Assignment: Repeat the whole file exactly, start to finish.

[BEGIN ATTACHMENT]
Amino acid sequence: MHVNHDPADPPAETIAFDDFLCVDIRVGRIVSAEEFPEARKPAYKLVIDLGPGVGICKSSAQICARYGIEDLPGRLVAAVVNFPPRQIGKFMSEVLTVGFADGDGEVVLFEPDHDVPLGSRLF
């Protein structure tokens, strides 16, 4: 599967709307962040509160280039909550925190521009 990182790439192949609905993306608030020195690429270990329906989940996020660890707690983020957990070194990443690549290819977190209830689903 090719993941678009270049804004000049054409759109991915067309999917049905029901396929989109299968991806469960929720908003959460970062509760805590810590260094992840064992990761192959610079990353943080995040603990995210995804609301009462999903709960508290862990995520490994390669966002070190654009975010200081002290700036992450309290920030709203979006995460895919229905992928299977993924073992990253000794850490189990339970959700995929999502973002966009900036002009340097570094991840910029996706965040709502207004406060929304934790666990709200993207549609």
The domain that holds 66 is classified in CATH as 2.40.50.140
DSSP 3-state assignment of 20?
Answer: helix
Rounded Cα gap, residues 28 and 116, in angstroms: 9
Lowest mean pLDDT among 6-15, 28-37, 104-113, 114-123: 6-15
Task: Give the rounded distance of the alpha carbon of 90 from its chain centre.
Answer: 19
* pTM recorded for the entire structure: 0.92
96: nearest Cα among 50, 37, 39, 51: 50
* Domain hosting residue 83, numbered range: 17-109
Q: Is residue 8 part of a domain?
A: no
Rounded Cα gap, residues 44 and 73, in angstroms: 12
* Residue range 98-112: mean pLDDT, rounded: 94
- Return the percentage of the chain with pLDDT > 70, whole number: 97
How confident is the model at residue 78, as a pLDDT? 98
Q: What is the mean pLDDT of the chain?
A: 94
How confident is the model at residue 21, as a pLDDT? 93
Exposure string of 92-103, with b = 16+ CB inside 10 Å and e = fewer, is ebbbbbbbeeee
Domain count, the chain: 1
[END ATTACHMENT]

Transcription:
Amino acid sequence: MHVNHDPADPPAETIAFDDFLCVDIRVGRIVSAEEFPEARKPAYKLVIDLGPGVGICKSSAQICARYGIEDLPGRLVAAVVNFPPRQIGKFMSEVLTVGFADGDGEVVLFEPDHDVPLGSRLF
């Protein structure tokens, strides 16, 4: 599967709307962040509160280039909550925190521009 990182790439192949609905993306608030020195690429270990329906989940996020660890707690983020957990070194990443690549290819977190209830689903 090719993941678009270049804004000049054409759109991915067309999917049905029901396929989109299968991806469960929720908003959460970062509760805590810590260094992840064992990761192959610079990353943080995040603990995210995804609301009462999903709960508290862990995520490994390669966002070190654009975010200081002290700036992450309290920030709203979006995460895919229905992928299977993924073992990253000794850490189990339970959700995929999502973002966009900036002009340097570094991840910029996706965040709502207004406060929304934790666990709200993207549609």
The domain that holds 66 is classified in CATH as 2.40.50.140
DSSP 3-state assignment of 20?
Answer: helix
Rounded Cα gap, residues 28 and 116, in angstroms: 9
Lowest mean pLDDT among 6-15, 28-37, 104-113, 114-123: 6-15
Task: Give the rounded distance of the alpha carbon of 90 from its chain centre.
Answer: 19
* pTM recorded for the entire structure: 0.92
96: nearest Cα among 50, 37, 39, 51: 50
* Domain hosting residue 83, numbered range: 17-109
Q: Is residue 8 part of a domain?
A: no
Rounded Cα gap, residues 44 and 73, in angstroms: 12
* Residue range 98-112: mean pLDDT, rounded: 94
- Return the percentage of the chain with pLDDT > 70, whole number: 97
How confident is the model at residue 78, as a pLDDT? 98
Q: What is the mean pLDDT of the chain?
A: 94
How confident is the model at residue 21, as a pLDDT? 93
Exposure string of 92-103, with b = 16+ CB inside 10 Å and e = fewer, is ebbbbbbbeeee
Domain count, the chain: 1